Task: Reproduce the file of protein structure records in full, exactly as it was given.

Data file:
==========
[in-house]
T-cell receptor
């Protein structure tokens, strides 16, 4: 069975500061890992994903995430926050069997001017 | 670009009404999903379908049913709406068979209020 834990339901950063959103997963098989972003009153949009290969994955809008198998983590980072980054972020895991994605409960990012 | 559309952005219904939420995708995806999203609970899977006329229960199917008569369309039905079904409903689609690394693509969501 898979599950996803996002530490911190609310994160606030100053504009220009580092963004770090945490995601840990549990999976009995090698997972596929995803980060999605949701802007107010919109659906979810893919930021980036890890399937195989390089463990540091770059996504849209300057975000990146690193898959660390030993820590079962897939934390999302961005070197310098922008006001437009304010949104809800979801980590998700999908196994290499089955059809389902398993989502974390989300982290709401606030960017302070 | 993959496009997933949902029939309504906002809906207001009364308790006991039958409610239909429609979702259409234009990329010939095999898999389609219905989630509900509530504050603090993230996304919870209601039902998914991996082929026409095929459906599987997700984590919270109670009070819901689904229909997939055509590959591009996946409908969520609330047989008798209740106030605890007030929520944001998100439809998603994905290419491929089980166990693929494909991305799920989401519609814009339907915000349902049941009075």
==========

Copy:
[in-house]
T-cell receptor
């Protein structure tokens, strides 16, 4: 069975500061890992994903995430926050069997001017 | 670009009404999903379908049913709406068979209020 834990339901950063959103997963098989972003009153949009290969994955809008198998983590980072980054972020895991994605409960990012 | 559309952005219904939420995708995806999203609970899977006329229960199917008569369309039905079904409903689609690394693509969501 898979599950996803996002530490911190609310994160606030100053504009220009580092963004770090945490995601840990549990999976009995090698997972596929995803980060999605949701802007107010919109659906979810893919930021980036890890399937195989390089463990540091770059996504849209300057975000990146690193898959660390030993820590079962897939934390999302961005070197310098922008006001437009304010949104809800979801980590998700999908196994290499089955059809389902398993989502974390989300982290709401606030960017302070 | 993959496009997933949902029939309504906002809906207001009364308790006991039958409610239909429609979702259409234009990329010939095999898999389609219905989630509900509530504050603090993230996304919870209601039902998914991996082929026409095929459906599987997700984590919270109670009070819901689904229909997939055509590959591009996946409908969520609330047989008798209740106030605890007030929520944001998100439809998603994905290419491929089980166990693929494909991305799920989401519609814009339907915000349902049941009075």